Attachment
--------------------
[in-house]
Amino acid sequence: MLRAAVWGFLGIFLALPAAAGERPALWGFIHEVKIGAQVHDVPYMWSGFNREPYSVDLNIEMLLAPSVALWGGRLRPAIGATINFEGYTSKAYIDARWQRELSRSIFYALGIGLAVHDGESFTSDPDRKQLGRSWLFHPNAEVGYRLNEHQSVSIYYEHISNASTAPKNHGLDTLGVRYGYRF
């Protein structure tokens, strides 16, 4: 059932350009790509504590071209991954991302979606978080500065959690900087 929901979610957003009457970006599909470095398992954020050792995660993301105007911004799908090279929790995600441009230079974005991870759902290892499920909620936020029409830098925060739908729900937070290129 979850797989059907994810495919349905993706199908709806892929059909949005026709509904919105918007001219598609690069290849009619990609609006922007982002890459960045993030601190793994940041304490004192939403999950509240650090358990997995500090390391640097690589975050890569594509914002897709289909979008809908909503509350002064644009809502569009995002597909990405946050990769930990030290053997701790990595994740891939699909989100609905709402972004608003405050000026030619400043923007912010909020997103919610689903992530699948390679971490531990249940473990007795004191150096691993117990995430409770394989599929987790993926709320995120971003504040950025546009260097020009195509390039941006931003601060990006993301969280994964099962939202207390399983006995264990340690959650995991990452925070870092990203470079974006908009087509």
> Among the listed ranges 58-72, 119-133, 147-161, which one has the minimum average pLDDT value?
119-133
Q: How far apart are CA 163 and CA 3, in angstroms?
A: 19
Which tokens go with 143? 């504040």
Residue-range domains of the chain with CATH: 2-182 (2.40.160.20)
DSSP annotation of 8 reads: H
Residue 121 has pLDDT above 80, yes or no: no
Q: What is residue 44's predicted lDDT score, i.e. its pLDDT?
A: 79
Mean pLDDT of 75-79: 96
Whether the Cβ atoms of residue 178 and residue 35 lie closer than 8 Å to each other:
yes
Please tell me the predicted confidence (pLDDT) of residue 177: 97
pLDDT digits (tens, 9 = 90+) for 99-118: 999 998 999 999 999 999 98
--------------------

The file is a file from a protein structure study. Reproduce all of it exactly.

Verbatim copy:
[in-house]
Amino acid sequence: MLRAAVWGFLGIFLALPAAAGERPALWGFIHEVKIGAQVHDVPYMWSGFNREPYSVDLNIEMLLAPSVALWGGRLRPAIGATINFEGYTSKAYIDARWQRELSRSIFYALGIGLAVHDGESFTSDPDRKQLGRSWLFHPNAEVGYRLNEHQSVSIYYEHISNASTAPKNHGLDTLGVRYGYRF
């Protein structure tokens, strides 16, 4: 059932350009790509504590071209991954991302979606978080500065959690900087 929901979610957003009457970006599909470095398992954020050792995660993301105007911004799908090279929790995600441009230079974005991870759902290892499920909620936020029409830098925060739908729900937070290129 979850797989059907994810495919349905993706199908709806892929059909949005026709509904919105918007001219598609690069290849009619990609609006922007982002890459960045993030601190793994940041304490004192939403999950509240650090358990997995500090390391640097690589975050890569594509914002897709289909979008809908909503509350002064644009809502569009995002597909990405946050990769930990030290053997701790990595994740891939699909989100609905709402972004608003405050000026030619400043923007912010909020997103919610689903992530699948390679971490531990249940473990007795004191150096691993117990995430409770394989599929987790993926709320995120971003504040950025546009260097020009195509390039941006931003601060990006993301969280994964099962939202207390399983006995264990340690959650995991990452925070870092990203470079974006908009087509």
> Among the listed ranges 58-72, 119-133, 147-161, which one has the minimum average pLDDT value?
119-133
Q: How far apart are CA 163 and CA 3, in angstroms?
A: 19
Which tokens go with 143? 């504040």
Residue-range domains of the chain with CATH: 2-182 (2.40.160.20)
DSSP annotation of 8 reads: H
Residue 121 has pLDDT above 80, yes or no: no
Q: What is residue 44's predicted lDDT score, i.e. its pLDDT?
A: 79
Mean pLDDT of 75-79: 96
Whether the Cβ atoms of residue 178 and residue 35 lie closer than 8 Å to each other:
yes
Please tell me the predicted confidence (pLDDT) of residue 177: 97
pLDDT digits (tens, 9 = 90+) for 99-118: 999 998 999 999 999 999 98